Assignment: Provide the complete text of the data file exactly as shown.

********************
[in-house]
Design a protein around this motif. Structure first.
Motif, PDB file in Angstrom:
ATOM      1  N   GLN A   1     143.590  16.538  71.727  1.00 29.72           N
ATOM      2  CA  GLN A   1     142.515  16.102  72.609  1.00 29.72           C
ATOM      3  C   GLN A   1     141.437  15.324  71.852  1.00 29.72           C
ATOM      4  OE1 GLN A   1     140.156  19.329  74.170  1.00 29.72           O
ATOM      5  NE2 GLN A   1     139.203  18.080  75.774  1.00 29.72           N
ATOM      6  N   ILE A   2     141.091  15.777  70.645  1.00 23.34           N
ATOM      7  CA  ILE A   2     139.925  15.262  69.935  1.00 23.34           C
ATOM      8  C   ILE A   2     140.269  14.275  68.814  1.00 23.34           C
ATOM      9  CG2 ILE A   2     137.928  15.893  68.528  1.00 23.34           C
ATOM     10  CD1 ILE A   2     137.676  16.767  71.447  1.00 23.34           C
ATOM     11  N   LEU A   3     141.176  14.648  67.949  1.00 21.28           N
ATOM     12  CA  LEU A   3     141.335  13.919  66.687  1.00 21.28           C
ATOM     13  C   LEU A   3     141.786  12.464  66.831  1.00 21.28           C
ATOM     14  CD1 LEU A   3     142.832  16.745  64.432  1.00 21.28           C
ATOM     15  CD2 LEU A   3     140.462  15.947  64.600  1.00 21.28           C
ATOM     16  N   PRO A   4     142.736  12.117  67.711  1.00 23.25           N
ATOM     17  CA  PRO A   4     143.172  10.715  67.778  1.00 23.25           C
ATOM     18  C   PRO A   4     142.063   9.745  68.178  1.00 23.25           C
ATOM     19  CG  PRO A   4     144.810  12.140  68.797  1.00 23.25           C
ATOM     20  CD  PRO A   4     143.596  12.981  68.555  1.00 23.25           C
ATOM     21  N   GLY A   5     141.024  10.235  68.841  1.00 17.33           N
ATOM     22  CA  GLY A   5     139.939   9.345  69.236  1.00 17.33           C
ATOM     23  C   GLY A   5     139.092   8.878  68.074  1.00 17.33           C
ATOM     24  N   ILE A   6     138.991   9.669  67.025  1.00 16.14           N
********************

[in-house]
Design a protein around this motif. Structure first.
Motif, PDB file in Angstrom:
ATOM      1  N   GLN A   1     143.590  16.538  71.727  1.00 29.72           N
ATOM      2  CA  GLN A   1     142.515  16.102  72.609  1.00 29.72           C
ATOM      3  C   GLN A   1     141.437  15.324  71.852  1.00 29.72           C
ATOM      4  OE1 GLN A   1     140.156  19.329  74.170  1.00 29.72           O
ATOM      5  NE2 GLN A   1     139.203  18.080  75.774  1.00 29.72           N
ATOM      6  N   ILE A   2     141.091  15.777  70.645  1.00 23.34           N
ATOM      7  CA  ILE A   2     139.925  15.262  69.935  1.00 23.34           C
ATOM      8  C   ILE A   2     140.269  14.275  68.814  1.00 23.34           C
ATOM      9  CG2 ILE A   2     137.928  15.893  68.528  1.00 23.34           C
ATOM     10  CD1 ILE A   2     137.676  16.767  71.447  1.00 23.34           C
ATOM     11  N   LEU A   3     141.176  14.648  67.949  1.00 21.28           N
ATOM     12  CA  LEU A   3     141.335  13.919  66.687  1.00 21.28           C
ATOM     13  C   LEU A   3     141.786  12.464  66.831  1.00 21.28           C
ATOM     14  CD1 LEU A   3     142.832  16.745  64.432  1.00 21.28           C
ATOM     15  CD2 LEU A   3     140.462  15.947  64.600  1.00 21.28           C
ATOM     16  N   PRO A   4     142.736  12.117  67.711  1.00 23.25           N
ATOM     17  CA  PRO A   4     143.172  10.715  67.778  1.00 23.25           C
ATOM     18  C   PRO A   4     142.063   9.745  68.178  1.00 23.25           C
ATOM     19  CG  PRO A   4     144.810  12.140  68.797  1.00 23.25           C
ATOM     20  CD  PRO A   4     143.596  12.981  68.555  1.00 23.25           C
ATOM     21  N   GLY A   5     141.024  10.235  68.841  1.00 17.33           N
ATOM     22  CA  GLY A   5     139.939   9.345  69.236  1.00 17.33           C
ATOM     23  C   GLY A   5     139.092   8.878  68.074  1.00 17.33           C
ATOM     24  N   ILE A   6     138.991   9.669  67.025  1.00 16.14           N